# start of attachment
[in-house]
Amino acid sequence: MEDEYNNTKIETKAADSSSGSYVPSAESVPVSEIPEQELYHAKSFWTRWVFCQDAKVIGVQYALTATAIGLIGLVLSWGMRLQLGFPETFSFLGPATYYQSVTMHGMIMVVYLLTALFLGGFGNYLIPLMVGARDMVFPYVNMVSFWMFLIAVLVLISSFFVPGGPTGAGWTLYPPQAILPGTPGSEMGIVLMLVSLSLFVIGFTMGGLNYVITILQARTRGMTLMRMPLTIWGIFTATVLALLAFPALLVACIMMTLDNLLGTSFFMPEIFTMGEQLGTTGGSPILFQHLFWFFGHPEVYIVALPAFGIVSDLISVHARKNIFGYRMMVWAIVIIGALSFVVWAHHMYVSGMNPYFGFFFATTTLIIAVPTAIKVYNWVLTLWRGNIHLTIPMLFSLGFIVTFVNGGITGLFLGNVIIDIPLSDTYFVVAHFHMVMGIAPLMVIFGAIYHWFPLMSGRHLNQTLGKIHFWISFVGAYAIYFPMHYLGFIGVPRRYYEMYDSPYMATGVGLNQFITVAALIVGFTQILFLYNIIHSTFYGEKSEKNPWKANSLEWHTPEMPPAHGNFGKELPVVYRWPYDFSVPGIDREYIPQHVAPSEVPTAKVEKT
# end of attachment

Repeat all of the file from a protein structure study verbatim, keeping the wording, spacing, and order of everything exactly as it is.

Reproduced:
[in-house]
Amino acid sequence: MEDEYNNTKIETKAADSSSGSYVPSAESVPVSEIPEQELYHAKSFWTRWVFCQDAKVIGVQYALTATAIGLIGLVLSWGMRLQLGFPETFSFLGPATYYQSVTMHGMIMVVYLLTALFLGGFGNYLIPLMVGARDMVFPYVNMVSFWMFLIAVLVLISSFFVPGGPTGAGWTLYPPQAILPGTPGSEMGIVLMLVSLSLFVIGFTMGGLNYVITILQARTRGMTLMRMPLTIWGIFTATVLALLAFPALLVACIMMTLDNLLGTSFFMPEIFTMGEQLGTTGGSPILFQHLFWFFGHPEVYIVALPAFGIVSDLISVHARKNIFGYRMMVWAIVIIGALSFVVWAHHMYVSGMNPYFGFFFATTTLIIAVPTAIKVYNWVLTLWRGNIHLTIPMLFSLGFIVTFVNGGITGLFLGNVIIDIPLSDTYFVVAHFHMVMGIAPLMVIFGAIYHWFPLMSGRHLNQTLGKIHFWISFVGAYAIYFPMHYLGFIGVPRRYYEMYDSPYMATGVGLNQFITVAALIVGFTQILFLYNIIHSTFYGEKSEKNPWKANSLEWHTPEMPPAHGNFGKELPVVYRWPYDFSVPGIDREYIPQHVAPSEVPTAKVEKT